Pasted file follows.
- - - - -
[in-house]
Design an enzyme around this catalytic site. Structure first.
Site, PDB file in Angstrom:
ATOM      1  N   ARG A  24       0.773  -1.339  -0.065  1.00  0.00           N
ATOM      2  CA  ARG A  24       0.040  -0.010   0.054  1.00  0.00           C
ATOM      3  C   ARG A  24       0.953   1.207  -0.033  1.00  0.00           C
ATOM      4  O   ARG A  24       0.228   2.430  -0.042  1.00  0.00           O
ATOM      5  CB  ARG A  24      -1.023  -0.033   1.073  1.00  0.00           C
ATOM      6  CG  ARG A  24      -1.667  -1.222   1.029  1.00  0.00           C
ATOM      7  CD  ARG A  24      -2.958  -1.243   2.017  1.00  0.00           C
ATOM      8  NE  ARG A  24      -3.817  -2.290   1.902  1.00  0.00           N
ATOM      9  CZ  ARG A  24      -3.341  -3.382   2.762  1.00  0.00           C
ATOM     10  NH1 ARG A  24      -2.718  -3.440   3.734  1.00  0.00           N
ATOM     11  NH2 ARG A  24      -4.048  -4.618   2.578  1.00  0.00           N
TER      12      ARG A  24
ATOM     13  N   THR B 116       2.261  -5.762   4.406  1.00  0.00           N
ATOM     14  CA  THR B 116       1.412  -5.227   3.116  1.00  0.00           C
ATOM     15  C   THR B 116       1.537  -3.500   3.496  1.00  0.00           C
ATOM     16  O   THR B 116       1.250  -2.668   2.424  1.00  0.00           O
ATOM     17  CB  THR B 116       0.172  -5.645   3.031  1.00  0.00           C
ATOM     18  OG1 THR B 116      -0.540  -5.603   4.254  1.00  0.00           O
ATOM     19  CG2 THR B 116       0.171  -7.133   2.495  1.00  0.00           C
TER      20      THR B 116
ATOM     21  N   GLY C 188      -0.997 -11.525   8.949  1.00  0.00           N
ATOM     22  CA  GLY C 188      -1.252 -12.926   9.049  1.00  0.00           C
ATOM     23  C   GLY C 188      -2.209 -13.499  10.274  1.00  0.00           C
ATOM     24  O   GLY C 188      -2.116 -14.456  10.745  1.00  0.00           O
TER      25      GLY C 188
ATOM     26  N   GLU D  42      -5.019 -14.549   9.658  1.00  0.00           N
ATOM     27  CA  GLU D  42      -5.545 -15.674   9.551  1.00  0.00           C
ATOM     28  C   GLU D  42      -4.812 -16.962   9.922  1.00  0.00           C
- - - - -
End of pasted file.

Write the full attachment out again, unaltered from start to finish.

[in-house]
Design an enzyme around this catalytic site. Structure first.
Site, PDB file in Angstrom:
ATOM      1  N   ARG A  24       0.773  -1.339  -0.065  1.00  0.00           N
ATOM      2  CA  ARG A  24       0.040  -0.010   0.054  1.00  0.00           C
ATOM      3  C   ARG A  24       0.953   1.207  -0.033  1.00  0.00           C
ATOM      4  O   ARG A  24       0.228   2.430  -0.042  1.00  0.00           O
ATOM      5  CB  ARG A  24      -1.023  -0.033   1.073  1.00  0.00           C
ATOM      6  CG  ARG A  24      -1.667  -1.222   1.029  1.00  0.00           C
ATOM      7  CD  ARG A  24      -2.958  -1.243   2.017  1.00  0.00           C
ATOM      8  NE  ARG A  24      -3.817  -2.290   1.902  1.00  0.00           N
ATOM      9  CZ  ARG A  24      -3.341  -3.382   2.762  1.00  0.00           C
ATOM     10  NH1 ARG A  24      -2.718  -3.440   3.734  1.00  0.00           N
ATOM     11  NH2 ARG A  24      -4.048  -4.618   2.578  1.00  0.00           N
TER      12      ARG A  24
ATOM     13  N   THR B 116       2.261  -5.762   4.406  1.00  0.00           N
ATOM     14  CA  THR B 116       1.412  -5.227   3.116  1.00  0.00           C
ATOM     15  C   THR B 116       1.537  -3.500   3.496  1.00  0.00           C
ATOM     16  O   THR B 116       1.250  -2.668   2.424  1.00  0.00           O
ATOM     17  CB  THR B 116       0.172  -5.645   3.031  1.00  0.00           C
ATOM     18  OG1 THR B 116      -0.540  -5.603   4.254  1.00  0.00           O
ATOM     19  CG2 THR B 116       0.171  -7.133   2.495  1.00  0.00           C
TER      20      THR B 116
ATOM     21  N   GLY C 188      -0.997 -11.525   8.949  1.00  0.00           N
ATOM     22  CA  GLY C 188      -1.252 -12.926   9.049  1.00  0.00           C
ATOM     23  C   GLY C 188      -2.209 -13.499  10.274  1.00  0.00           C
ATOM     24  O   GLY C 188      -2.116 -14.456  10.745  1.00  0.00           O
TER      25      GLY C 188
ATOM     26  N   GLU D  42      -5.019 -14.549   9.658  1.00  0.00           N
ATOM     27  CA  GLU D  42      -5.545 -15.674   9.551  1.00  0.00           C
ATOM     28  C   GLU D  42      -4.812 -16.962   9.922  1.00  0.00           C